14. ^ Tolentino, Jia. "Bye, I Hate It". Jezebel. Archived from the original on 2017-08-13. Retrieved 2017-08-14.
  15. ^ a b Maggie Doherty (2019-08-04). "Jia Tolentino on the 'Unlivable Hell' of the Web and Other Millennial Conundrums". The New York Times. Archived from the original on 2019-08-04. Retrieved 2019-08-04.
  16. ^ "Staff Picks: Flavorwire's Favorite Cultural Things This Week". Flavorwire. 5 March 2014. Archived from the original on 26 August 2016. Retrieved 3 July 2016.
  17. ^ Liang, Rio (May 15, 2013). "Q&A with Jia Tolentino". Carve Magazine. Archived from the original on August 15, 2016. Retrieved July 3, 2016.
  18. ^ "Short Story Review: The Odyssey by Jia Tolentino". Fictionphile. 1 February 2013. Archived from the original on 9 August 2016. Retrieved 3 July 2016.
  19. ^ Bovy, Phoebe Maltz (12 October 2015). "White Male Writers: No Longer the Default, and Not Terribly Interesting". The New Republic. Archived from the original on 29 June 2016. Retrieved 3 July 2016.
  20. ^ Odell, Amy (30 December 2013). "Are We Seriously Still Judging Women Who Want to Get Married?". Cosmopolitan. Archived from the original on 13 August 2016. Retrieved 3 July 2016.
  21. ^ Tolentino, Jia. "Interview With a Woman Who Recently Had an Abortion at 32 Weeks". Jezebel. Archived from the original on 2018-10-13. Retrieved 2018-10-01.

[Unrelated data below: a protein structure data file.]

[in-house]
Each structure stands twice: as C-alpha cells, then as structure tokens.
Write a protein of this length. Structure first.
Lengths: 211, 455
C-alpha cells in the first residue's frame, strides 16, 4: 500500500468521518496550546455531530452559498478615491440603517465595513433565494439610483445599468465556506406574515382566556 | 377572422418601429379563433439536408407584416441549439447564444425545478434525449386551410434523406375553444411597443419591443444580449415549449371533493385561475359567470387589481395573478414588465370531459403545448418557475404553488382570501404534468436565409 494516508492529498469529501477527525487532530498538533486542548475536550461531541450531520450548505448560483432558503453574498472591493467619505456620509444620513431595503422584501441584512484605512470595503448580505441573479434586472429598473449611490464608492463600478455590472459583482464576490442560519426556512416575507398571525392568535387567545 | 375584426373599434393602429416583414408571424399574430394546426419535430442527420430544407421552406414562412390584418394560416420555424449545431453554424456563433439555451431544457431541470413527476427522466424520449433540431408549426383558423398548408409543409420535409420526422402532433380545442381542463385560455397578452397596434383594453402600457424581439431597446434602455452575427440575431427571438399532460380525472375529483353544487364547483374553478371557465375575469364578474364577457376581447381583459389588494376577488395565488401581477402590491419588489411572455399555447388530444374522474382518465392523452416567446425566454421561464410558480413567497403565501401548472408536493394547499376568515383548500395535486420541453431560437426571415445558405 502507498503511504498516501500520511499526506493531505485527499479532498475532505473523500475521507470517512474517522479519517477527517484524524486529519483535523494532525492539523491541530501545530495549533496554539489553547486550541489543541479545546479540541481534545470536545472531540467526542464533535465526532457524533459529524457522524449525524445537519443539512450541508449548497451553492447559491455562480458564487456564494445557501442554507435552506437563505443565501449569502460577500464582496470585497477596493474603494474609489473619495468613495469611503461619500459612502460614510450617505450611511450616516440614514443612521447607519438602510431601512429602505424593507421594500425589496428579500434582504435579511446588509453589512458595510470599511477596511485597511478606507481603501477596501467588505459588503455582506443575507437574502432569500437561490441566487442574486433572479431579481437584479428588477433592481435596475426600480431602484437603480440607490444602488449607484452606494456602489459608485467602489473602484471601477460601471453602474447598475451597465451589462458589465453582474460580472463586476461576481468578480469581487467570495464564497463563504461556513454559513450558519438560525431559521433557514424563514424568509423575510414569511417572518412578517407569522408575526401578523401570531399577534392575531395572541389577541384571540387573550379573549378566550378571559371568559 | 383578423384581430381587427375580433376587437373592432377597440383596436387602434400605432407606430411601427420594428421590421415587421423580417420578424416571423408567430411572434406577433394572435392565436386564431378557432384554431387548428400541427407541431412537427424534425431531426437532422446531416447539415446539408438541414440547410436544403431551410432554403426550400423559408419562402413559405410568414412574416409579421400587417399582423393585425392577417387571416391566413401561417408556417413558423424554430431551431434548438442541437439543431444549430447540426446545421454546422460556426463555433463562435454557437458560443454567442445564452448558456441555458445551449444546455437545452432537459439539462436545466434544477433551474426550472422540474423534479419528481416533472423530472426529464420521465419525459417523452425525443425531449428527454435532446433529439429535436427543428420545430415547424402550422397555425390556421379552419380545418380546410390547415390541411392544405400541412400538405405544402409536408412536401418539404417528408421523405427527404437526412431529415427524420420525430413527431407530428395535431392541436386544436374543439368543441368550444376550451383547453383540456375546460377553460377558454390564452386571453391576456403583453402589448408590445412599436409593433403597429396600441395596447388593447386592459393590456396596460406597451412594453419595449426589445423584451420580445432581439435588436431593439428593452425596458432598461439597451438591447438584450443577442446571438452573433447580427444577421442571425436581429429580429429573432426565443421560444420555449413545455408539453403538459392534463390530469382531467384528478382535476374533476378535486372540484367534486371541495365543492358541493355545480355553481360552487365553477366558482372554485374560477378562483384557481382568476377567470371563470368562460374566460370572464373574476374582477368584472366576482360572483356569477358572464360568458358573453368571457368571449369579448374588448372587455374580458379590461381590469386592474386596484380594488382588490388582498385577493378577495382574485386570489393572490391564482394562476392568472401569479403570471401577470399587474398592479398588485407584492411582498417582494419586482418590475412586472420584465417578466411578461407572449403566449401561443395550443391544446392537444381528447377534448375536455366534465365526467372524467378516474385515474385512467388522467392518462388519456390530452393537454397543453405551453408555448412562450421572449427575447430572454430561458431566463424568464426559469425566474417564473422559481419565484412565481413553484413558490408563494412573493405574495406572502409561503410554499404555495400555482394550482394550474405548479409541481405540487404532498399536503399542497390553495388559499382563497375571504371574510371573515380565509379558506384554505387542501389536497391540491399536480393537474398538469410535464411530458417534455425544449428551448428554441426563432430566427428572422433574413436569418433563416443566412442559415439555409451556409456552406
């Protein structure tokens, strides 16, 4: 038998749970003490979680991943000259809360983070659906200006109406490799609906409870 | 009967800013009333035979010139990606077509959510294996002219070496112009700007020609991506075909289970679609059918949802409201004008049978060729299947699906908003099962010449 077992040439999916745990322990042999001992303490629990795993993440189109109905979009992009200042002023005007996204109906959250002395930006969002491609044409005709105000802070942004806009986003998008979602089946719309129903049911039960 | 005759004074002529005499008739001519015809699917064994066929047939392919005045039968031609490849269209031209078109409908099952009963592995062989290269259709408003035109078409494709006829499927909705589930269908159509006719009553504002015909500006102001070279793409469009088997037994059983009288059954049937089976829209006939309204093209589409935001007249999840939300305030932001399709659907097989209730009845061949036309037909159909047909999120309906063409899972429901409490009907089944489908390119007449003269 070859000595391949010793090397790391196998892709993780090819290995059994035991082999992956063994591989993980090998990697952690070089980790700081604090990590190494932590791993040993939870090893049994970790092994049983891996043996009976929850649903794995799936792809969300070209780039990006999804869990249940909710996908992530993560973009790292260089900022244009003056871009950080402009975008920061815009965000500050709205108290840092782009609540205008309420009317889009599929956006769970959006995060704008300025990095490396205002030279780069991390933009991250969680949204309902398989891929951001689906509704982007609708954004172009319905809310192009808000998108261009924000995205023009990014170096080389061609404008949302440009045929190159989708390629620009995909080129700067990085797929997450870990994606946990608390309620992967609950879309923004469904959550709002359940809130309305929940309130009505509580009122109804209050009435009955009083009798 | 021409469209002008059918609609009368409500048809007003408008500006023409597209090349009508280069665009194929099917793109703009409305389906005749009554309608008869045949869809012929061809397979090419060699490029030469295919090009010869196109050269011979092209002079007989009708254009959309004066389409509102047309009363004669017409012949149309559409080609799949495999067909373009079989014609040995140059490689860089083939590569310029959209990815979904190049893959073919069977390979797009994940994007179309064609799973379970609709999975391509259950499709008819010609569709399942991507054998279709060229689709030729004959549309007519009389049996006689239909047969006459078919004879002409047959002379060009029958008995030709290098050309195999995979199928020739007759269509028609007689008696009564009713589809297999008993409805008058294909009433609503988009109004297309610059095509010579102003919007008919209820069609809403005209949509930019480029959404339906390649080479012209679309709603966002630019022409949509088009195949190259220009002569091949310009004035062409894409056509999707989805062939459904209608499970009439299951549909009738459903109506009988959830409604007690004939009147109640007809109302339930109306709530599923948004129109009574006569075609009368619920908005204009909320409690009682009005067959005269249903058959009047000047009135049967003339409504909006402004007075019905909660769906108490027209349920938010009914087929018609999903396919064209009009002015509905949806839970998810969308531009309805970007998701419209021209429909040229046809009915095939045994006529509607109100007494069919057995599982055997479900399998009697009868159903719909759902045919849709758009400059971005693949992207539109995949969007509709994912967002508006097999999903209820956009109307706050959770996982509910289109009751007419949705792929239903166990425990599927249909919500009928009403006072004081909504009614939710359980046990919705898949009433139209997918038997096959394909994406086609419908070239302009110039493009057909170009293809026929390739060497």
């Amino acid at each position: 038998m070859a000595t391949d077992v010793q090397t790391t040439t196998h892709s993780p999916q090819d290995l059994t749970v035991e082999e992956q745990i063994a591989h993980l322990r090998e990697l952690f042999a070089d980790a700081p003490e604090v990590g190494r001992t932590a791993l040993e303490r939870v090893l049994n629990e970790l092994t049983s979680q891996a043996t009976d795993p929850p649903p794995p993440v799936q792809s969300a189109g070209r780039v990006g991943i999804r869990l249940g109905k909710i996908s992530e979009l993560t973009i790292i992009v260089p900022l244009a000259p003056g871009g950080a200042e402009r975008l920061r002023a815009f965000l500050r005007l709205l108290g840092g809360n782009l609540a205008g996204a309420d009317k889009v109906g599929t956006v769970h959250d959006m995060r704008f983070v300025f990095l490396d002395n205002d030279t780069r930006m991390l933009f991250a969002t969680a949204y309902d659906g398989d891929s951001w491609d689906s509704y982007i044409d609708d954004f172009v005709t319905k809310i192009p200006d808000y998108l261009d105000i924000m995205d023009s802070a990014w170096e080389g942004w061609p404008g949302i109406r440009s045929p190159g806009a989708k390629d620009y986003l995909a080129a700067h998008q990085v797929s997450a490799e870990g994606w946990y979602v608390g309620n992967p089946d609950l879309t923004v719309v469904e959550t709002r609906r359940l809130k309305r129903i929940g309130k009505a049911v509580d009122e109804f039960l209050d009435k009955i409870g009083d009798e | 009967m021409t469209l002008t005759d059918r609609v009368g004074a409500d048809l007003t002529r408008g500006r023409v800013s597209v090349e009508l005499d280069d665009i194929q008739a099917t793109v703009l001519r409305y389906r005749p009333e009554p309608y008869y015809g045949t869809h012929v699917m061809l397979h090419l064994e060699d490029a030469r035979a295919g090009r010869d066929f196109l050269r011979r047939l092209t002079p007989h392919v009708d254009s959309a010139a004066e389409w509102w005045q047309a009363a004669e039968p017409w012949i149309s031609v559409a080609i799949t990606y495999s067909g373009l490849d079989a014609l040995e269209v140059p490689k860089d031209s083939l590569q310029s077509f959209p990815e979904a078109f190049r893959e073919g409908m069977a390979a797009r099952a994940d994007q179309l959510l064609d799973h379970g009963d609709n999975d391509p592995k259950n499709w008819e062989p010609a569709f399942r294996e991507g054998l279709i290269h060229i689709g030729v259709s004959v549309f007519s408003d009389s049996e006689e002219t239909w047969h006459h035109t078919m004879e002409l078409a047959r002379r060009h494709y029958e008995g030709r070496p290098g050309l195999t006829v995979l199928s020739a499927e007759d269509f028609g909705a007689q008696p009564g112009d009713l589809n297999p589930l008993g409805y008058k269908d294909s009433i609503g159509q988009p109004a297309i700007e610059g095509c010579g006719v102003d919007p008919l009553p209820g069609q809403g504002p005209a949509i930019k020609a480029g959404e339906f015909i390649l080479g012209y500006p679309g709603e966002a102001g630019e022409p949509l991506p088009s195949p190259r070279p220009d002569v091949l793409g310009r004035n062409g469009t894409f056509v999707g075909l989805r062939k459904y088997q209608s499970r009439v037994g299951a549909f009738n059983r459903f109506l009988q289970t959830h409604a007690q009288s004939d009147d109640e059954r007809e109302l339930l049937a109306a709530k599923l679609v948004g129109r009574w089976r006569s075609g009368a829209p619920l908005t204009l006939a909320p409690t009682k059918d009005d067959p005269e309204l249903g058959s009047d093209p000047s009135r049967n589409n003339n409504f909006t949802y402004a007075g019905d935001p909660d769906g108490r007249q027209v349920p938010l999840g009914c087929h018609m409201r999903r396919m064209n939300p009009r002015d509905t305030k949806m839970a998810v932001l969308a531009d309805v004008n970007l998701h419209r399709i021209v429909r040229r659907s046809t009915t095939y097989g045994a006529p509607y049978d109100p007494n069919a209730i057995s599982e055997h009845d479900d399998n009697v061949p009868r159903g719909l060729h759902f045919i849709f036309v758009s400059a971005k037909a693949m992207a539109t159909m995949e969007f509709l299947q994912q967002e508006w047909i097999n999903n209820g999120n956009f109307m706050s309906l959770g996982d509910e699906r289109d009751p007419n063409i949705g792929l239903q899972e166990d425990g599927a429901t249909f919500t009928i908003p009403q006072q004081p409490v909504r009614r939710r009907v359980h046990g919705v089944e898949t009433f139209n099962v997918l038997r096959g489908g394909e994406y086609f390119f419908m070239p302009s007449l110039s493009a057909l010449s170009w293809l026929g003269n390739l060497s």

22. ^ King-Miller, Lindsay (November 21, 2014). "Pretty Unnecessary: Taking beauty out of body positivity". Bitch Media. Archived from the original on April 19, 2016. Retrieved July 3, 2016.
  23. ^ Dart, Chris (10 March 2016). "The New York Times' "Future Of Music" list discusses "the era of the song"". The A.V. Club. Archived from the original on 9 July 2016. Retrieved 3 July 2016.
  24. ^ Rameswaram, Sean (August 26, 2014). "Sideshow Podcast: "Rude" by Magic! Is the Worst Best Song of the Summer". Studio 360. Archived from the original on September 19, 2016. Retrieved July 3, 2016.
  25. ^ Waldman, Paul (2018-01-25). "Opinion | Happy Hour Roundup". Washington Post. Archived from the original on 2018-01-31. Retrieved 2018-02-01.
  26. ^ Chotiner, Isaac (2018-01-26). "I Have to Ask: The Jia Tolentino Edition". Slate. ISSN 1091-2339. Archived from the original on 2018-02-01. Retrieved 2018-02-01.
  27. ^ Chotiner, Isaac. "The New Yorker's Jia Tolentino on How We're Missing the Real Issue of #MeToo". Slate Magazine. Archived from the original on 2018-01-30. Retrieved 2018-02-01.
  28. ^ Online version is titled "Harvey Weinstein and the impunity of powerful men".
  29. ^ Online version is titled "Where millenials come from".
  30. ^ Online version is titled "Is there a smarter way to think about sexual assault on campus?".
  31. ^ Online version is titled "Losing religion and finding ecstasy in Houston".

External links[edit]